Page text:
Path::Tiny - File path utility


version 0.054


  use Path::Tiny;

  # creating Path::Tiny objects

  $dir = path("/tmp");
  $foo = path("foo.txt");

  $subdir = $dir->child("foo");
  $bar = $subdir->child("bar.txt");

  # stringifies as cleaned up path

  $file = path("./foo.txt");
  print $file; # "foo.txt"

  # reading files

  $guts = $file->slurp;
  $guts = $file->slurp_utf8;

  @lines = $file->lines;
  @lines = $file->lines_utf8;

  $head = $file->lines( {count => 1} );

  # writing files

  $bar->spew( @data );
  $bar->spew_utf8( @data );

  # reading directories

  for ( $dir->children ) { ... }

  $iter = $dir->iterator;
  while ( my $next = $iter->() ) { ... }


This module provide a small, fast utility for working with file paths. It is friendlier to use than File::Spec and provides easy access to functions from several other core file handling modules. It aims to be smaller and faster than many alternatives on CPAN while helping people do many common things in consistent and less error-prone ways.

Path::Tiny does not try to work for anything except Unix-like and Win32 platforms. Even then, it might break if you try something particularly obscure or tortuous. (Quick! What does this mean: ///../../..//./././a//b/.././c/././? And how does it differ on Win32?)

All paths are forced to have Unix-style forward slashes. Stringifying the object gives you back the path (after some clean up).

File input/output methods flock handles before reading or writing, as appropriate (if supported by the platform).

The *_utf8 methods (slurp_utf8, lines_utf8, etc.) operate in raw mode. On Windows, that means they will not have CRLF translation from the :crlf IO layer. Installing Unicode::UTF8 0.58 or later will speed up *_utf8 situations in many cases and is highly recommended.



    $path = path("foo/bar");
    $path = path("/tmp", "file.txt"); # list
    $path = path(".");                # cwd
    $path = path("~user/file.txt");   # tilde processing

Constructs a Path::Tiny object. It doesn't matter if you give a file or directory path. It's still up to you to call directory-like methods only on directories and file-like methods only on files. This function is exported automatically by default.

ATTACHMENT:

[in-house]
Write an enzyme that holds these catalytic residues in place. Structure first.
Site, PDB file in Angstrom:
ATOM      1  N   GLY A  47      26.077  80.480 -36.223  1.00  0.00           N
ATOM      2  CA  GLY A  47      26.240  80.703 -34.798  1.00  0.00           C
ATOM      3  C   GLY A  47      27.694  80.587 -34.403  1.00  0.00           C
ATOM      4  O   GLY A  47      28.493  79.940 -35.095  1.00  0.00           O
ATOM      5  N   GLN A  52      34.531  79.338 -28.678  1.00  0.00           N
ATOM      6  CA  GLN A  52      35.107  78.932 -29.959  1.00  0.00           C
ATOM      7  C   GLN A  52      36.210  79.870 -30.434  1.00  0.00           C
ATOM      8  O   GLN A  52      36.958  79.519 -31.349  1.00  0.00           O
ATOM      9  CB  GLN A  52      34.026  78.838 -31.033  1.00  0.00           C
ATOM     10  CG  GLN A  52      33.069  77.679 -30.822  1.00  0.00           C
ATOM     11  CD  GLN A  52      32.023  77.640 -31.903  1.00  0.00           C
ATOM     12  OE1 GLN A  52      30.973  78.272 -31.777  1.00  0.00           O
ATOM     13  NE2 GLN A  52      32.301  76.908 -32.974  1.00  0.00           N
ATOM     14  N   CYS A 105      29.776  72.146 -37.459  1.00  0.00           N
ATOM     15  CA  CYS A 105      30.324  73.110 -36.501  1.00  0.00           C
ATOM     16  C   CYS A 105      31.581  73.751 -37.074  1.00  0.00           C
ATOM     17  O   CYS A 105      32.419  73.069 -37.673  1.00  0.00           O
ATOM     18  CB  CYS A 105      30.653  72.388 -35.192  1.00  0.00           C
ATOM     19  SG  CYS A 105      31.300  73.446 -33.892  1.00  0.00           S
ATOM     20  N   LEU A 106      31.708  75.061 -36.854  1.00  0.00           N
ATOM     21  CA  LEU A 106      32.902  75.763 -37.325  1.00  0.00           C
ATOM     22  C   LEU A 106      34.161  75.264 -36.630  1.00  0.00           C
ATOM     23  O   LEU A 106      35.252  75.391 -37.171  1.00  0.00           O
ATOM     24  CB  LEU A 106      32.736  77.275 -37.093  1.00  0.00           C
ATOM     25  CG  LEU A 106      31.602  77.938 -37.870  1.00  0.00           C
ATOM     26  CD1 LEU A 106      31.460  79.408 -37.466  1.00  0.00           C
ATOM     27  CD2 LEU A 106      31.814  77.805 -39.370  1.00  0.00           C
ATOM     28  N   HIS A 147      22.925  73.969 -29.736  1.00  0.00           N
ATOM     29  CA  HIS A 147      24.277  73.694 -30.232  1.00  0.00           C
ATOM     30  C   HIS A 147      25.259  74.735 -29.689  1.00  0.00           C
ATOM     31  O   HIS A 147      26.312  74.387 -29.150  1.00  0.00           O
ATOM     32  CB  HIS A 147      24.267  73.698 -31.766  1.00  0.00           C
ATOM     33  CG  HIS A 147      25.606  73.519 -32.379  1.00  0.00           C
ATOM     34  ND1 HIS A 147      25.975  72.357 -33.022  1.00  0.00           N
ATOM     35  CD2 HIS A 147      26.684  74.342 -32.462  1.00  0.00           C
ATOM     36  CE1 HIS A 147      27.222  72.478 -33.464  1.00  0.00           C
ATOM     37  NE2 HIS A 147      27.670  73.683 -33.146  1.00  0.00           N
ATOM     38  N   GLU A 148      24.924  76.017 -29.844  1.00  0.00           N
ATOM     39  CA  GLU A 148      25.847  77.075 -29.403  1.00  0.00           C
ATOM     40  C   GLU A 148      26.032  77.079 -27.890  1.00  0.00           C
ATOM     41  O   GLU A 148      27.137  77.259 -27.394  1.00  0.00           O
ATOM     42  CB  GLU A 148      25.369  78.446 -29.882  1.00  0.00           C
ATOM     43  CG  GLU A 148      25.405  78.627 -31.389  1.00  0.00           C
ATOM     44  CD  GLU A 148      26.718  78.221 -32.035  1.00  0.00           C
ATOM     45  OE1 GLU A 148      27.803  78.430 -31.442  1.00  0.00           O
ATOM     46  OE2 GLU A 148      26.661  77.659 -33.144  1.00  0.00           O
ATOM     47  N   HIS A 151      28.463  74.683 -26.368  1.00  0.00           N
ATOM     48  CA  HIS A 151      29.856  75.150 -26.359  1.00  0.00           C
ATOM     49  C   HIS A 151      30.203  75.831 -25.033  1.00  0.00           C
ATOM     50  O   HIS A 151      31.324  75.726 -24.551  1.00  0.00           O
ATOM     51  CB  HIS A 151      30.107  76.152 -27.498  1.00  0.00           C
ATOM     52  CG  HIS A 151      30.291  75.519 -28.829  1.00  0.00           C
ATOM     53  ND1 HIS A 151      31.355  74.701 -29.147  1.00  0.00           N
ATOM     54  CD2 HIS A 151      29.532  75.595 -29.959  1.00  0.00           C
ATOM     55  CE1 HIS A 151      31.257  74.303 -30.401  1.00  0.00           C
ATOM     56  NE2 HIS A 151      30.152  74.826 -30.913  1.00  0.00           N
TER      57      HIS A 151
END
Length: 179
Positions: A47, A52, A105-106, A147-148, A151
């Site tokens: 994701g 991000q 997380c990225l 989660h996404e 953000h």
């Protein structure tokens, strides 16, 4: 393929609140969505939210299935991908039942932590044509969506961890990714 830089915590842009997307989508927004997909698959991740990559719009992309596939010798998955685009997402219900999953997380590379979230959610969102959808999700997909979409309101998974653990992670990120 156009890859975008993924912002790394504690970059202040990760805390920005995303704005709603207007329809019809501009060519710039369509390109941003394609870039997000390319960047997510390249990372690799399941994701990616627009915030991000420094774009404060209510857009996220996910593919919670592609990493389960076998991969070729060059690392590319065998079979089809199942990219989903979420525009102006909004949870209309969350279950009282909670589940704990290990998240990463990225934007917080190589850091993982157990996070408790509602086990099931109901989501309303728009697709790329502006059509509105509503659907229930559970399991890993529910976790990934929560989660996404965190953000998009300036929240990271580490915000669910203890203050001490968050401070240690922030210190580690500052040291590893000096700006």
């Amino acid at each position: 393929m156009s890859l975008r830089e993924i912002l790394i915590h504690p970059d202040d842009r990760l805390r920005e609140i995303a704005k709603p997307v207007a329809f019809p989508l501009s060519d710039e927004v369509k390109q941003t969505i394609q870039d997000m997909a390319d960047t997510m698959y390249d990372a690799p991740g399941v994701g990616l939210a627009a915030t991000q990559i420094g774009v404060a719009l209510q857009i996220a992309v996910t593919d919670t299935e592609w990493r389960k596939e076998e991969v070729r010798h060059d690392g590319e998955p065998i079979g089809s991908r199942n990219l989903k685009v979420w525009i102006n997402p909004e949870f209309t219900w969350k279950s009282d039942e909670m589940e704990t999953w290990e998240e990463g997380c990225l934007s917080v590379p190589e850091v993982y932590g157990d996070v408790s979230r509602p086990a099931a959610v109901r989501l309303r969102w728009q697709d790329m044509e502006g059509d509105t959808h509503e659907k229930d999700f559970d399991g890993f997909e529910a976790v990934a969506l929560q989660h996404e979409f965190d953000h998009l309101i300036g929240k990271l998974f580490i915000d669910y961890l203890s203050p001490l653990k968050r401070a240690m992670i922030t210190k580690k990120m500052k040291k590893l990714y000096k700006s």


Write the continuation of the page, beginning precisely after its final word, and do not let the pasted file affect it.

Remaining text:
The first argument must be defined and have non-zero length or an exception will be thrown. This prevents subtle, dangerous errors with code like path( maybe_undef() )->remove_tree.

If the first component of the path is a tilde ('~') then the component will be replaced with the output of glob('~'). If the first component of the path is a tilde followed by a user name then the component will be replaced with output of glob('~username'). Behaviour for non-existent users depends on the output of glob on the system.

On Windows, if the path consists of a drive identifier without a path component (C: or D:), it will be expanded to the absolute path of the current directory on that volume using Cwd::getdcwd().

If called with a single Path::Tiny argument, the original is returned unless the original is holding a temporary file or directory reference in which case a stringified copy is made.

    $path = path("foo/bar");
    $temp = Path::Tiny->tempfile;

    $p2 = path($path); # like $p2 = $path
    $t2 = path($temp); # like $t2 = path( "$temp" )

This optimizes copies without proliferating references unexpectedly if a copy is made by code outside your control.


    $path = Path::Tiny->new("foo/bar");

This is just like path, but with method call overhead. (Why would you do that?)


    $path = Path::Tiny->cwd; # path( Cwd::getcwd )
    $path = cwd; # optional export

Gives you the absolute path to the current directory as a Path::Tiny object. This is slightly faster than path(".")->absolute.

cwd may be exported on request and used as a function instead of as a method.


    $path = Path::Tiny->rootdir; # /
    $path = rootdir;             # optional export 

Gives you File::Spec->rootdir as a Path::Tiny object if you're too picky for path("/").

rootdir may be exported on request and used as a function instead of as a method.

tempfile, tempdir

    $temp = Path::Tiny->tempfile( @options );
    $temp = Path::Tiny->tempdir( @options );
    $temp = tempfile( @options ); # optional export
    $temp = tempdir( @options );  # optional export

tempfile passes the options to File::Temp->new and returns a Path::Tiny object with the file name. The TMPDIR option is enabled by default.

The resulting File::Temp object is cached. When the Path::Tiny object is destroyed, the File::Temp object will be as well.